I've written before about how influential my Tūhoe tuakana have been for my mahi and Ati Teepa is no different. Even before I started working at Te Papa, I loved the work that Ati was doing - who else can pull of events as distinct as a drone race festival and a rooftop party at the museum? This doesn't even cover the huge amount of mahi that he's undertaken over the last few years with his collective Kava Club either. Aside from all of that, he's a link home. Ati's better than telling me what's going on back home than my own whānau is (hi whānau, hope you're not reading this ktk). And then aside from all of that too, he's bloody fun to work with! Full of ideas and energy and an unending willingness to throw ideas around. So yes, he carries on the tradition of having a Tūhoe tuakana who makes my time at mahi that much easier and a million times better.
E kore e mutu ngā mihi maioha ki a koe e Ati.
In five words, describe your role in the sector.
The five –tanga’s (or –tana’s if your Tuhoe like me).
Manaakitanga, Whanaunatanga, Kaitiakitanga, Maramatanga, PokeTheTongueTanga.
What is it about the sector that you love?
Our taonga and the people I get to work and engage with in my mahi as a public programme specialist.
What have been some challenges in your career?
Biggest one was self-doubt. I have no formal museum / art history/ history qualification and working in an academically driven and informed institution, I felt like an invader. Also, like many indigenous people, I viewed these places as where our taonga go to die. So straight away in my mind I am the outsider, I acknowledge now I set my own self up to feel this way. What I realise now is being a creative community focussed politically woke Tuhoe I have heaps to offer these spaces. Just not a degree in museum something or a MA in art wank. Lol.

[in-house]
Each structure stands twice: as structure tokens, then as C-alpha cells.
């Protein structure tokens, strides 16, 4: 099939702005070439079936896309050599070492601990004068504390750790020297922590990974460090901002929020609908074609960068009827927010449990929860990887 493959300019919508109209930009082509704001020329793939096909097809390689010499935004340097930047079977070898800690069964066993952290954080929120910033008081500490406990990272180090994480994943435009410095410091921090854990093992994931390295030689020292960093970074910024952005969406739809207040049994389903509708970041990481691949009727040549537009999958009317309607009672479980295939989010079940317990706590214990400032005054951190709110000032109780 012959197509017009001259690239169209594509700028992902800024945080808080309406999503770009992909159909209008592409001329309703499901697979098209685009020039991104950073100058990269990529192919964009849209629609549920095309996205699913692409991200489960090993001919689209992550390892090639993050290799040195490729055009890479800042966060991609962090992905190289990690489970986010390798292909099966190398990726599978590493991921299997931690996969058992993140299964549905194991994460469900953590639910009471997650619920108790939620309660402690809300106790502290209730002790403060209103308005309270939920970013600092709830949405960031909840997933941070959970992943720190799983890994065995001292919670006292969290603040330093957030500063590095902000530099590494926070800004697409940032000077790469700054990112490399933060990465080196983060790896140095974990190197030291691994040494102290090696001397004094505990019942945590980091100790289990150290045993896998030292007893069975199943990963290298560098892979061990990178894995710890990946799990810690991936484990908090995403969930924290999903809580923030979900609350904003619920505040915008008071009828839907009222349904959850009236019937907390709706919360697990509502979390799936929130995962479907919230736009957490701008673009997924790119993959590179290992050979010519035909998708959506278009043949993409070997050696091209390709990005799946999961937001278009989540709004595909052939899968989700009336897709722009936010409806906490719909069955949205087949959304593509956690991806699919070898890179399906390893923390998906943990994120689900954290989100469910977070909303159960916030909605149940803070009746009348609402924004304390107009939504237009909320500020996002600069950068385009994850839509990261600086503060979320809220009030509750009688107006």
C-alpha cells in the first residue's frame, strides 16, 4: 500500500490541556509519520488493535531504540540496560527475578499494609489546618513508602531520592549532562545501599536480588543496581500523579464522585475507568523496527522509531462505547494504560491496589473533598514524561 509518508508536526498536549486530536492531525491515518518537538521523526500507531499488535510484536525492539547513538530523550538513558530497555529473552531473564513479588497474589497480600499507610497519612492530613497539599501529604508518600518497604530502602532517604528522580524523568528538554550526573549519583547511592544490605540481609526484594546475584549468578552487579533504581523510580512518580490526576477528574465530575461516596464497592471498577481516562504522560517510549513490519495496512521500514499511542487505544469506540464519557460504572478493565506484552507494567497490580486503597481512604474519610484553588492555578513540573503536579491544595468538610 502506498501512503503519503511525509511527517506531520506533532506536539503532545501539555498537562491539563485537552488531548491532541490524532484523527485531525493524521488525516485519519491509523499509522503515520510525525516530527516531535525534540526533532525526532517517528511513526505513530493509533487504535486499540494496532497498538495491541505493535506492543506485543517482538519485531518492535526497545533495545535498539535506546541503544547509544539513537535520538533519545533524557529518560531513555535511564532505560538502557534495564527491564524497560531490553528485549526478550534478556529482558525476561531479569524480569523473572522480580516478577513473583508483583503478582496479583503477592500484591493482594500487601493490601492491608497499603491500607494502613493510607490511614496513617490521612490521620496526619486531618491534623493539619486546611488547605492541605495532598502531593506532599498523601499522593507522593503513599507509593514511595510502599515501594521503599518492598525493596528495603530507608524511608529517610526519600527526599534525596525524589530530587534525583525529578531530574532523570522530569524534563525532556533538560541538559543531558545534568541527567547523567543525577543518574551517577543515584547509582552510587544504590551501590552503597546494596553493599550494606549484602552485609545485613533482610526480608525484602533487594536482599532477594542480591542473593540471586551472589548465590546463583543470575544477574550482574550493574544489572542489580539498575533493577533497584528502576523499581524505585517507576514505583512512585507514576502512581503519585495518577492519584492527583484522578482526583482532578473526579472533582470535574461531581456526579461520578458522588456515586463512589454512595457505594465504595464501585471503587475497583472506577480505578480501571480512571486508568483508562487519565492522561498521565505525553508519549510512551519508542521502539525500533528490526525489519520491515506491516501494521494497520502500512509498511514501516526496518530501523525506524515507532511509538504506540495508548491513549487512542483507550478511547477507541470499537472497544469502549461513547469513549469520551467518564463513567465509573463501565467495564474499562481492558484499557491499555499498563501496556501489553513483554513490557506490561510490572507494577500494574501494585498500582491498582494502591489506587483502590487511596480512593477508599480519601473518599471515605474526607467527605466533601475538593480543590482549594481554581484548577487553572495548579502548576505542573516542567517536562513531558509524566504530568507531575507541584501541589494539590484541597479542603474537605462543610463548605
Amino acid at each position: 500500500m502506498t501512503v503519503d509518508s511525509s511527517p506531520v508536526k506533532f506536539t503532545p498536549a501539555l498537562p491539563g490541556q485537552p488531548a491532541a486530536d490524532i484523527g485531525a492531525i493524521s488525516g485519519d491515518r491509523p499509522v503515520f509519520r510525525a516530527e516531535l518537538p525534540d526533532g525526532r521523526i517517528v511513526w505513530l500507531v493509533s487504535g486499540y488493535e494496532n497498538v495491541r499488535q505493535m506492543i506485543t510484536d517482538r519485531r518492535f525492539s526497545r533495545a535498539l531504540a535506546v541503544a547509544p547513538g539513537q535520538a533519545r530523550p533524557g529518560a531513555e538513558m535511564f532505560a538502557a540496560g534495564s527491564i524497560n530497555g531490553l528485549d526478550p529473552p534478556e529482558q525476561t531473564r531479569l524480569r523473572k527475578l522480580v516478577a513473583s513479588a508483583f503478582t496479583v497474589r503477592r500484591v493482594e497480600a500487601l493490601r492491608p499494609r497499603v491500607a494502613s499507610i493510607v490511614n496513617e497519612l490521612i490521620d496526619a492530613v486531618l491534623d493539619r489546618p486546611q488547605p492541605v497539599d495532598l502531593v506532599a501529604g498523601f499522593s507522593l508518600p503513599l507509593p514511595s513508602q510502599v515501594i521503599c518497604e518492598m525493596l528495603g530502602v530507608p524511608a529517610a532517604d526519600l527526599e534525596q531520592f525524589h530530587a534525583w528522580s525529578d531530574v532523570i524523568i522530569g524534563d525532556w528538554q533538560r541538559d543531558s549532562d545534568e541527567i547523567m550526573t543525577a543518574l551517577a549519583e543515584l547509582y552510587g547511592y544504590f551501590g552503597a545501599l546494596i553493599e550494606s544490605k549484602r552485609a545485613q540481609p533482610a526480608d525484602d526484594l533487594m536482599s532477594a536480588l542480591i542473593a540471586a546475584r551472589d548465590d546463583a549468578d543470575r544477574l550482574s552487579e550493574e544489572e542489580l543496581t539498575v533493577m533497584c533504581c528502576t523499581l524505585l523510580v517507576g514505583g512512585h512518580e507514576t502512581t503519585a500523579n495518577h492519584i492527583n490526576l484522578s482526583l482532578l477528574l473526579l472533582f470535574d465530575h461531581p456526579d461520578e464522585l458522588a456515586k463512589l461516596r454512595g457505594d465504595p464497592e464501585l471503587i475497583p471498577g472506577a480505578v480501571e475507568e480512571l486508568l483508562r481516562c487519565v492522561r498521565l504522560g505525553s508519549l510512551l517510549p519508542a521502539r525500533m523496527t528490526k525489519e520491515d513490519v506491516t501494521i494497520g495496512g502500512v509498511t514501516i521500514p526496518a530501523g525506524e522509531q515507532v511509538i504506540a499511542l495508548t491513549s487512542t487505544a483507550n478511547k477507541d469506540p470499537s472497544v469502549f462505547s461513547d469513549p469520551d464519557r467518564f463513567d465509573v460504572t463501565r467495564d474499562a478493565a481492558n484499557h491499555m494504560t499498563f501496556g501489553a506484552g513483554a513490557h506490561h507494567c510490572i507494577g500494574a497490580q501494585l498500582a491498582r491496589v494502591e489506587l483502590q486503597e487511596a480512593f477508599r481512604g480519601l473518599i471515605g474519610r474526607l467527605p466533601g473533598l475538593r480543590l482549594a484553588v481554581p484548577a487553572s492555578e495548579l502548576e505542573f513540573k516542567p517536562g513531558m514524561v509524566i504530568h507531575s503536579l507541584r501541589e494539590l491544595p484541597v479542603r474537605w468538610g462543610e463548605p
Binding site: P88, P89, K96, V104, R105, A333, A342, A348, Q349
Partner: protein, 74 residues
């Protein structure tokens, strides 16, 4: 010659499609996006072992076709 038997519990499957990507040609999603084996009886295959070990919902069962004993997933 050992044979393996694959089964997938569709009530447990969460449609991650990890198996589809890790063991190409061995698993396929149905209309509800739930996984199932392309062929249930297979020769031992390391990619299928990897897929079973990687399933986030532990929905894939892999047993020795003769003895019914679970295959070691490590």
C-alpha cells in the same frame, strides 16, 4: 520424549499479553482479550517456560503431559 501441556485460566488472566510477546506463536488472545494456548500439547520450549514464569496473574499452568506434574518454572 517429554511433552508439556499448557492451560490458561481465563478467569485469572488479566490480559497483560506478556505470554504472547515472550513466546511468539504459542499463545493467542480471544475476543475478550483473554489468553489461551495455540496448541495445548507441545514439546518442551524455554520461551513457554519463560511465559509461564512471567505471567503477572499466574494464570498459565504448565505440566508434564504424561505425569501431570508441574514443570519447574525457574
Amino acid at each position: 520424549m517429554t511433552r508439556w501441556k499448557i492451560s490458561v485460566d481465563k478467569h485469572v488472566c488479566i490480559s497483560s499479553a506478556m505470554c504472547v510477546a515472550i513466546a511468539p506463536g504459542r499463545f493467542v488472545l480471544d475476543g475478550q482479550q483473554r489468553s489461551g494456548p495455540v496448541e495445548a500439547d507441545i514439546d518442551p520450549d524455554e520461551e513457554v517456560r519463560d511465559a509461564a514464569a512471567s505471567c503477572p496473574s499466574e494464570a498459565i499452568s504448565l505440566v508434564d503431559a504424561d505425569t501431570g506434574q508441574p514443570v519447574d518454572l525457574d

My fav whakatauki says ‘Hongihonia te whewheia, ka warea te ware. Ka area te rangatira | By knowing the enemy, liberation is yours.' In this case the enemy was my own self-doubt.
What challenges can you see moving forward?
A challenge I have set for myself in my role is engaging with the non-visitor. As a public programmer we have the opportunity to connect the non-visitor, with the museum and the taonga within. Setting myself this ambitious challenge also means being willing to take some risks, which is necessary in order to connect with someone living with mental illnesses. This is challenging for risk averse organisations like a museum.
I am super specific when I am developing programmes in the museum that if I work with external communities like iwi, or say the drone racing community that my role becomes that of an enabler. Basically I help open the doors and unlock the resources of the museum to help them tell their stories, to present their mahi, or to pull off a museum drone race. By enabling these audiences we can help make a connection, hopefully give them the space and a sense of ownership of the museum and its taonga.
What do you think people in the early stages of their careers can offer the sector?
Community. Rep your own bad selves. Often our communities need someone to be their insider and that could be you.
In a museum of Ati, what is an object / taonga / specimen / artwork that you'd want in the collection?
Ha, lucky for me it already exists. It called Te Urewera!